“You were attacked by a jaguar, and you didn't think to tell me? Are you all right?"
"You knew I was a girl and you still came out to talk to me in the middle of the night without a shirt on?" I shot right back.
"You did what?”
“Al llegar al corazón el tiempo no puede ya medirse, y en la infinita rosa violeta del centro el cronopio encuentra un gran contento...”
“Don't do this.
I have every intention of doing this. I have since the first time you looked at me with the same need that I felt every damn day.”
“What if … what if … what if … I play the What If? game all the time. But it’s rigged, is the thing. Impossible to win. Asking What If? can only lead to Maybe Things Could Have Been Different, via Was It My Fault?”
“A key factor in the perpetuation of white-body supremacy is many people’s refusal to experience clean pain around the myth of race. Instead, usually out of fear, they choose the dirty pain of silence and avoidance and, invariably, prolong the pain.”
BookQuoters is a community of passionate readers who enjoy sharing the most meaningful, memorable and interesting quotes from great books. As the world communicates more and more via texts, memes and sound bytes, short but profound quotes from books have become more relevant and important. For some of us a quote becomes a mantra, a goal or a philosophy by which we live. For all of us, quotes are a great way to remember a book and to carry with us the author’s best ideas.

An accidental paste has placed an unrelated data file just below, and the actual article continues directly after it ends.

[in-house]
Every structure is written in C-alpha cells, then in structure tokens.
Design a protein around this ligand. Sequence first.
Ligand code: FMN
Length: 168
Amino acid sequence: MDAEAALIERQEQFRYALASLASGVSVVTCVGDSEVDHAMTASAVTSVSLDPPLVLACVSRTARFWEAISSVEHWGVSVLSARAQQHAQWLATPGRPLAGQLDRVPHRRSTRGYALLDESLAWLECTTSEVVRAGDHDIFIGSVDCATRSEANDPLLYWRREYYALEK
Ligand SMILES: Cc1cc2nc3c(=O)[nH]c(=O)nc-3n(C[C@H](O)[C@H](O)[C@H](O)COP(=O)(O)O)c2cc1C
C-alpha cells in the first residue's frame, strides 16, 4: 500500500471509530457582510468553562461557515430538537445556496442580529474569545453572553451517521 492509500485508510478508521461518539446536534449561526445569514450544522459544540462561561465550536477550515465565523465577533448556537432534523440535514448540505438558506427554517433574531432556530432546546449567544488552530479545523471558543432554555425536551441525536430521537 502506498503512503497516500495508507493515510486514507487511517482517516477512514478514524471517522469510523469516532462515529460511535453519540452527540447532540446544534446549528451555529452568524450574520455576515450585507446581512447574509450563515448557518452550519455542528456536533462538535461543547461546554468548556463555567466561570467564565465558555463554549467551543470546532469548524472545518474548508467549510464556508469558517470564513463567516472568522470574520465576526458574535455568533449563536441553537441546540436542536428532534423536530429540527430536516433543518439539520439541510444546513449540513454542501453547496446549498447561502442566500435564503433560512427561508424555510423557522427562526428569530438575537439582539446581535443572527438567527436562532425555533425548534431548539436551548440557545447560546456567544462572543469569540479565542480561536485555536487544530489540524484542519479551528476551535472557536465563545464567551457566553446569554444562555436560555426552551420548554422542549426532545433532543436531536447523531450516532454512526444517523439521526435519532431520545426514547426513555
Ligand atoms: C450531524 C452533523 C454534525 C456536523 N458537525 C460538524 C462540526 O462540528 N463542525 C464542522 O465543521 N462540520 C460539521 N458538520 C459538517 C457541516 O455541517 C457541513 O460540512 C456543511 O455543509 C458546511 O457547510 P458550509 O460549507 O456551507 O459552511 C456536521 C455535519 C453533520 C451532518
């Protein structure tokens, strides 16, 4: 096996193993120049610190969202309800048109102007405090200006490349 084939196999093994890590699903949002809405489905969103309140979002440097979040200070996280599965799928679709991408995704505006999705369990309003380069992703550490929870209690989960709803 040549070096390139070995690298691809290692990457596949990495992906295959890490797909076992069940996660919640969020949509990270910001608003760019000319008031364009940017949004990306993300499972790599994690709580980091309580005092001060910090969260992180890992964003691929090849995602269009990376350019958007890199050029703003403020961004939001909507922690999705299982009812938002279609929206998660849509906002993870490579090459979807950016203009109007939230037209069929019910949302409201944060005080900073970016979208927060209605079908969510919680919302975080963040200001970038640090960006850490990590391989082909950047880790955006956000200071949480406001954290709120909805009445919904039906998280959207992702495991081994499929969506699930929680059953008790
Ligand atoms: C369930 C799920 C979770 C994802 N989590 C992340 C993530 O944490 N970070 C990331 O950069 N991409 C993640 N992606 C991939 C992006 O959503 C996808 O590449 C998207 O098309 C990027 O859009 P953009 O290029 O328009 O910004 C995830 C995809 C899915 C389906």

We thoughtfully gather quotes from our favorite books, both classic and current, and choose the ones that are most thought-provoking. Each quote represents a book that is interesting, well written and has potential to enhance the reader’s life. We also accept submissions from our visitors and will select the quotes we feel are most appealing to the BookQuoters community.
Founded in 2018, BookQuoters has quickly become a large and vibrant community of people who share an affinity for books. Books are seen by some as a throwback to a previous world; conversely, gleaning the main ideas of a book via a quote or a quick summary is typical of the Information Age but is a habit disdained by some diehard readers. We feel that we have the best of both worlds at BookQuoters; we read books cover-to-cover but offer you some of the highlights. We hope you’ll join us.